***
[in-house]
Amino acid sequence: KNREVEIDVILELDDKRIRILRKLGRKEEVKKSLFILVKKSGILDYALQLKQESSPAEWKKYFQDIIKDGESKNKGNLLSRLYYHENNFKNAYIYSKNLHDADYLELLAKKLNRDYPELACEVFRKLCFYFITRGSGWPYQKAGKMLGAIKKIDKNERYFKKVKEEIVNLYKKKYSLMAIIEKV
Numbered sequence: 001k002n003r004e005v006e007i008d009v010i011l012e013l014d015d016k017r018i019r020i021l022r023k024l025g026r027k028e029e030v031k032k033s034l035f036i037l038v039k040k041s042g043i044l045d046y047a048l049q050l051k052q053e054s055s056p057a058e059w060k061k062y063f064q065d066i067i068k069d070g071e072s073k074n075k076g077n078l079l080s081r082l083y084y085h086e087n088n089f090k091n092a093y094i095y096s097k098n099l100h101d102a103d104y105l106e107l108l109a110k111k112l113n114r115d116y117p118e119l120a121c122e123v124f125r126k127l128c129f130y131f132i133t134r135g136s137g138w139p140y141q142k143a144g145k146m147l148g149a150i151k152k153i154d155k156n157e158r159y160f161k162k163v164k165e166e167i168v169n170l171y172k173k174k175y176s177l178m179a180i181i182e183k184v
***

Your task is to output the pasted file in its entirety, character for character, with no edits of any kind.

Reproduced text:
[in-house]
Amino acid sequence: KNREVEIDVILELDDKRIRILRKLGRKEEVKKSLFILVKKSGILDYALQLKQESSPAEWKKYFQDIIKDGESKNKGNLLSRLYYHENNFKNAYIYSKNLHDADYLELLAKKLNRDYPELACEVFRKLCFYFITRGSGWPYQKAGKMLGAIKKIDKNERYFKKVKEEIVNLYKKKYSLMAIIEKV
Numbered sequence: 001k002n003r004e005v006e007i008d009v010i011l012e013l014d015d016k017r018i019r020i021l022r023k024l025g026r027k028e029e030v031k032k033s034l035f036i037l038v039k040k041s042g043i044l045d046y047a048l049q050l051k052q053e054s055s056p057a058e059w060k061k062y063f064q065d066i067i068k069d070g071e072s073k074n075k076g077n078l079l080s081r082l083y084y085h086e087n088n089f090k091n092a093y094i095y096s097k098n099l100h101d102a103d104y105l106e107l108l109a110k111k112l113n114r115d116y117p118e119l120a121c122e123v124f125r126k127l128c129f130y131f132i133t134r135g136s137g138w139p140y141q142k143a144g145k146m147l148g149a150i151k152k153i154d155k156n157e158r159y160f161k162k163v164k165e166e167i168v169n170l171y172k173k174k175y176s177l178m179a180i181i182e183k184v